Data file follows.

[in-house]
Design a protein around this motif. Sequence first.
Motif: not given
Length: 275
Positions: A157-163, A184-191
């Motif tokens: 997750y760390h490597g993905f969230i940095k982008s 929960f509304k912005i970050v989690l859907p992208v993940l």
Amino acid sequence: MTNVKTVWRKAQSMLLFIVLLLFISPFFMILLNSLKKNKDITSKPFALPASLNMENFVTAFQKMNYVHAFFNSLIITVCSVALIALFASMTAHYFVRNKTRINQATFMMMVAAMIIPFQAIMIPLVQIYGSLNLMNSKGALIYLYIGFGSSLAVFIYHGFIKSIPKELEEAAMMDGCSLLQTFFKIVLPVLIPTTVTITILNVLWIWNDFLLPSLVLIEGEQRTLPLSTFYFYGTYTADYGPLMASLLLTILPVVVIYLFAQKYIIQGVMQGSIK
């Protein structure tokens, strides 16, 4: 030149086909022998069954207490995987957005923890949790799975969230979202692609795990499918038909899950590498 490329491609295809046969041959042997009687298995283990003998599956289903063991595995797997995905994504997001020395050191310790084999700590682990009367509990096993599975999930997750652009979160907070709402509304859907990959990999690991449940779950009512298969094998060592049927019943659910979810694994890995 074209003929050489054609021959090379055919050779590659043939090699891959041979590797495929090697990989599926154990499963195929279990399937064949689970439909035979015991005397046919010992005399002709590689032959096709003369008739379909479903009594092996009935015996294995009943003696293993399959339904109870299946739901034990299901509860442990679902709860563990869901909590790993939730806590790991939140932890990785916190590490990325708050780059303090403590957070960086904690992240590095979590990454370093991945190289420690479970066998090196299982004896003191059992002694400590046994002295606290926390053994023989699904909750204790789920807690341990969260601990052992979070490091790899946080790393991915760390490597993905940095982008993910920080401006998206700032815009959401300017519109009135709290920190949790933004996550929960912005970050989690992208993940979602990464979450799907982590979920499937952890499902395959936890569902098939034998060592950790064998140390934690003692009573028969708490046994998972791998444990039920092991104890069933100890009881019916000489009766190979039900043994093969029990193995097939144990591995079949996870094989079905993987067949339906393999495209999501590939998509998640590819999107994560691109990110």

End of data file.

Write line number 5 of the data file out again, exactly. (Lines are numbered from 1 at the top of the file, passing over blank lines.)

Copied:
Positions: A157-163, A184-191